Decisions about sustaining life are often emotionally charged, complicating rationing guidelines. The application of different moral principles may lead to different and conflicting recommendations in the context of rationing. While utilitarian reasoning prioritizes outcome maximization, egalitarian reasoning prioritizes equity of opportunities, and communitarian reasoning prioritizes the relation between the individual and the community. Each community or society should agree on prioritization of the principles that form the basis for rationing decisions. Ideally, this should be done in a transparent public debate before entering into a crisis. Although this may be impractical in many circumstances, every effort should be made to engage with key stakeholders in the enumeration of these principles.

Role of prognostic scores and age

The use of prognostic scores is frequently recommended to assist rationing decisions based on outcome maximization. However, it is not self-evident that outcome maximation should be the primary guiding principle for rationing. Furthermore, when such scores are used, they should be both applicable and validated for the specific clinical context. This is challenging in a novel pandemic.

Patient age is prognostic parameter for many health conditions and correlates with other prognostically relevant factors, such as burden of chronic disease [7]. Rationing by age alone may be considered unacceptable discrimination. On the other hand, some argue that people should have an equal opportunity to pass through the different stages of life, which prioritizes the young [8]. Incorporating age is inevitable: the key is to come to an explicit agreement regarding the appropriate role of age in rationing.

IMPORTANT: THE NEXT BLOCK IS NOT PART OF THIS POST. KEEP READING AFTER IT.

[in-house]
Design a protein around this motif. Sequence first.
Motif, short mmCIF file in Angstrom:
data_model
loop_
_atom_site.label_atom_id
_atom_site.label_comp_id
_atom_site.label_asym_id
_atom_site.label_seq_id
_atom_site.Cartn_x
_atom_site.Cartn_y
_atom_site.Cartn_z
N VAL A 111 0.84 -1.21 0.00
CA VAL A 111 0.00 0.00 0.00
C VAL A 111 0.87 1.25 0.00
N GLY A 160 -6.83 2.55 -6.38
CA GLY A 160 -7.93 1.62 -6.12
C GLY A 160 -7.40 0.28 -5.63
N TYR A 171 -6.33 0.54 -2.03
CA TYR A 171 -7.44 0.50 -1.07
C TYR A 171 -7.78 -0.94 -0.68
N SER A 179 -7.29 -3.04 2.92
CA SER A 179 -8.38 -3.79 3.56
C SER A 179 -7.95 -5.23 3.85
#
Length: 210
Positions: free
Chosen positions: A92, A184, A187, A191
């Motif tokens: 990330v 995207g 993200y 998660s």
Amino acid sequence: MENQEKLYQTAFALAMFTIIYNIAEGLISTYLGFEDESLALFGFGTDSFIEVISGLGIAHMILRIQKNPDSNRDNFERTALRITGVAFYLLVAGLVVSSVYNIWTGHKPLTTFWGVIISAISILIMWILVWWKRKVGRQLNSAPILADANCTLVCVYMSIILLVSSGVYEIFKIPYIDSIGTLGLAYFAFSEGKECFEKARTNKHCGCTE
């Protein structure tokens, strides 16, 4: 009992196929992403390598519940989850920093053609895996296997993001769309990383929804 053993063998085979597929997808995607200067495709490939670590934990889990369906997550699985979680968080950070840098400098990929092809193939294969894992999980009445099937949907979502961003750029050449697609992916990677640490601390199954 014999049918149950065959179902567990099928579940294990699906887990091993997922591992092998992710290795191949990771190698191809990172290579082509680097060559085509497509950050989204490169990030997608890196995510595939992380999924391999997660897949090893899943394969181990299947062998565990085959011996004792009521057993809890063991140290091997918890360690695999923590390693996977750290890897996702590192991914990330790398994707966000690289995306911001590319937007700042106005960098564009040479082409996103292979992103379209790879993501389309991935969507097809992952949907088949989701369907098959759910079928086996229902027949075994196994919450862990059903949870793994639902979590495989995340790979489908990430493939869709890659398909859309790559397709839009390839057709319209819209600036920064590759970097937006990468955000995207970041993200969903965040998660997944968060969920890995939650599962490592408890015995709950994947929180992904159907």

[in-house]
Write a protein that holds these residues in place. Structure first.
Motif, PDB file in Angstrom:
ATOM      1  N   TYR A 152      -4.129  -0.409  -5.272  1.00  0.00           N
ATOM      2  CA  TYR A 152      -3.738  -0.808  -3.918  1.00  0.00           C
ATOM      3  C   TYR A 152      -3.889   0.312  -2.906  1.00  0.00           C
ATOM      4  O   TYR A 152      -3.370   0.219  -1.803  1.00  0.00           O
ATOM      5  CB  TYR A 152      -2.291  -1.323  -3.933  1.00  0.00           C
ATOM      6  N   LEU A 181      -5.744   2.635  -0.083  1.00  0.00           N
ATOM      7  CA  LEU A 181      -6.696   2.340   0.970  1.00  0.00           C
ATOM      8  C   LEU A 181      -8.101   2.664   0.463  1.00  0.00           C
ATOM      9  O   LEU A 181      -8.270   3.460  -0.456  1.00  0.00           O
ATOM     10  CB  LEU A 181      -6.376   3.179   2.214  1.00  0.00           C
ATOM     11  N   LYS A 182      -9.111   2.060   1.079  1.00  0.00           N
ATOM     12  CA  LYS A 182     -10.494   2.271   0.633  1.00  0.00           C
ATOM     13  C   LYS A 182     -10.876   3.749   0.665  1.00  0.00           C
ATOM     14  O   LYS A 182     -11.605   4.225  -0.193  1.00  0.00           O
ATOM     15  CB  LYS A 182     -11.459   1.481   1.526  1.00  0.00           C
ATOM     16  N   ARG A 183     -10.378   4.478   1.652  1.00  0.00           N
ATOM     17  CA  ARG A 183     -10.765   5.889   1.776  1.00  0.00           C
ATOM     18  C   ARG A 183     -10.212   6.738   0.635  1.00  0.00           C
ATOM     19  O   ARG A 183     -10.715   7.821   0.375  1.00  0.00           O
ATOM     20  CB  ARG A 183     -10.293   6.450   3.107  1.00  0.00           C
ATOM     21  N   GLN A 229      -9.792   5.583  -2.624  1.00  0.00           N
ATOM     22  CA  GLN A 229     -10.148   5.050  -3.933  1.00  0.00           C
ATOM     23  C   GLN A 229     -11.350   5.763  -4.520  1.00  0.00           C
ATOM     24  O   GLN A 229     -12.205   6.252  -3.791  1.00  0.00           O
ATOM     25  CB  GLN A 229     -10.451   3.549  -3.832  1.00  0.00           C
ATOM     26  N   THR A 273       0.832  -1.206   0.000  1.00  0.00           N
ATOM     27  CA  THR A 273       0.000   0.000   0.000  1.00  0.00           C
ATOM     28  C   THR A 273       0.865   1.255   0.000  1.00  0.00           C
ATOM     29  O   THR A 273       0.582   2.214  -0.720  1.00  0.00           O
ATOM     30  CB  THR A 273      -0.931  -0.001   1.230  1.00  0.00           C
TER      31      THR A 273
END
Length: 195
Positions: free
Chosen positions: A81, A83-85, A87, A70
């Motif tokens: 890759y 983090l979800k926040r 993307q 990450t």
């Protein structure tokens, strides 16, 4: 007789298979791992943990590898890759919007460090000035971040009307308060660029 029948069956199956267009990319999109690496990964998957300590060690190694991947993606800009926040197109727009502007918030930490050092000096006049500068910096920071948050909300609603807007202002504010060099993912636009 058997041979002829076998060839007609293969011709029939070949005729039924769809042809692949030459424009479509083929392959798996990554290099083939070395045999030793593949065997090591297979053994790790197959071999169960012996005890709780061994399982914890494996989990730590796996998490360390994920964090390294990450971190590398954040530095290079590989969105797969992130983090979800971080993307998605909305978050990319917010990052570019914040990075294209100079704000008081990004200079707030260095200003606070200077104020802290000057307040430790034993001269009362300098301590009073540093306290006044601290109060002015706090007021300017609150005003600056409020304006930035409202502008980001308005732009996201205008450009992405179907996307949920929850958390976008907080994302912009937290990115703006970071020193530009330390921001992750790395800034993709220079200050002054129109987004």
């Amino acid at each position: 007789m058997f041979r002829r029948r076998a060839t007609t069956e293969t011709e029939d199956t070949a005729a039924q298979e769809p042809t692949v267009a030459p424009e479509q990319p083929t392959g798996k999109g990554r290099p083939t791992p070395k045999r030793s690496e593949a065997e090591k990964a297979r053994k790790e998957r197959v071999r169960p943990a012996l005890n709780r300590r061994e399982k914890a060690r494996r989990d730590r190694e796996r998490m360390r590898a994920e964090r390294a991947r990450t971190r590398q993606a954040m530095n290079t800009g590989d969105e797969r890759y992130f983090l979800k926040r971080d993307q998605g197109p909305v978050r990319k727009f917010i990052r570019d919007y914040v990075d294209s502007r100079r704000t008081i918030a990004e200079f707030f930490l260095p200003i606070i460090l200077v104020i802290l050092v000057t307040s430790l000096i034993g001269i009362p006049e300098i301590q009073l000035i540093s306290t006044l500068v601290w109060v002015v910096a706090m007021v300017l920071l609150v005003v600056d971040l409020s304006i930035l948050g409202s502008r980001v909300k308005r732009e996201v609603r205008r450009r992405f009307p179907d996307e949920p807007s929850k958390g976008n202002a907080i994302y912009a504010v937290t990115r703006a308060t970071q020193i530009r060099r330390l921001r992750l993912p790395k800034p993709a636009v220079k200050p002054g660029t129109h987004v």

Responsibility for the rationing decision

During the COVID-19 pandemic, clinical teams at the bedside may be confronted with a variety of rationing decisions throughout the day. Triage committees have been proposed to relieve bedside physicians of this burden. However, under the circumstances when triage committees are most likely to be needed in this complex and prolonged pandemic, such teams are likely to be overwhelmed and rendered ineffective by the complexity, duration, and time-sensitive nature of the multiple and highly-varied decisions required. We therefore recommend that triage committees be responsible for setting standards and developing guidelines and structures while the responsibility for individual bedside decisions may need to remain with the treating clinicians [6].

Importance of patient goals and preferences